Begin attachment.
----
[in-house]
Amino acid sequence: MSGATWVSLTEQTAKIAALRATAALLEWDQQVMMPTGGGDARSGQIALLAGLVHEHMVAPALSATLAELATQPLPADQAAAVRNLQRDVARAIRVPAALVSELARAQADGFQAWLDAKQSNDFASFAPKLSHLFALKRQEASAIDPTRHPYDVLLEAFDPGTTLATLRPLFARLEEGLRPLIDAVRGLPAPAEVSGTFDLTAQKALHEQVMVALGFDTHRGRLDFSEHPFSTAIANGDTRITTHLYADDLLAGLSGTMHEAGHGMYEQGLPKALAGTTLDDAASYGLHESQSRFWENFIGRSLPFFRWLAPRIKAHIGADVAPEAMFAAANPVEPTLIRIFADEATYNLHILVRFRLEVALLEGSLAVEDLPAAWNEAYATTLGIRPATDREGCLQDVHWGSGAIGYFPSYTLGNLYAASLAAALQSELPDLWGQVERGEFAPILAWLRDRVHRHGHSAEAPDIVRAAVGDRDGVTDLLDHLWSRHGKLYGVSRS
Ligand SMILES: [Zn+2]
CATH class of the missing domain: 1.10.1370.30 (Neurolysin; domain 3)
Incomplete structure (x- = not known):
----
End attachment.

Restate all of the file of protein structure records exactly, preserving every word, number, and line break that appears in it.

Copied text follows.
[in-house]
Amino acid sequence: MSGATWVSLTEQTAKIAALRATAALLEWDQQVMMPTGGGDARSGQIALLAGLVHEHMVAPALSATLAELATQPLPADQAAAVRNLQRDVARAIRVPAALVSELARAQADGFQAWLDAKQSNDFASFAPKLSHLFALKRQEASAIDPTRHPYDVLLEAFDPGTTLATLRPLFARLEEGLRPLIDAVRGLPAPAEVSGTFDLTAQKALHEQVMVALGFDTHRGRLDFSEHPFSTAIANGDTRITTHLYADDLLAGLSGTMHEAGHGMYEQGLPKALAGTTLDDAASYGLHESQSRFWENFIGRSLPFFRWLAPRIKAHIGADVAPEAMFAAANPVEPTLIRIFADEATYNLHILVRFRLEVALLEGSLAVEDLPAAWNEAYATTLGIRPATDREGCLQDVHWGSGAIGYFPSYTLGNLYAASLAAALQSELPDLWGQVERGEFAPILAWLRDRVHRHGHSAEAPDIVRAAVGDRDGVTDLLDHLWSRHGKLYGVSRS
Ligand SMILES: [Zn+2]
CATH class of the missing domain: 1.10.1370.30 (Neurolysin; domain 3)
Incomplete structure (x- = not known):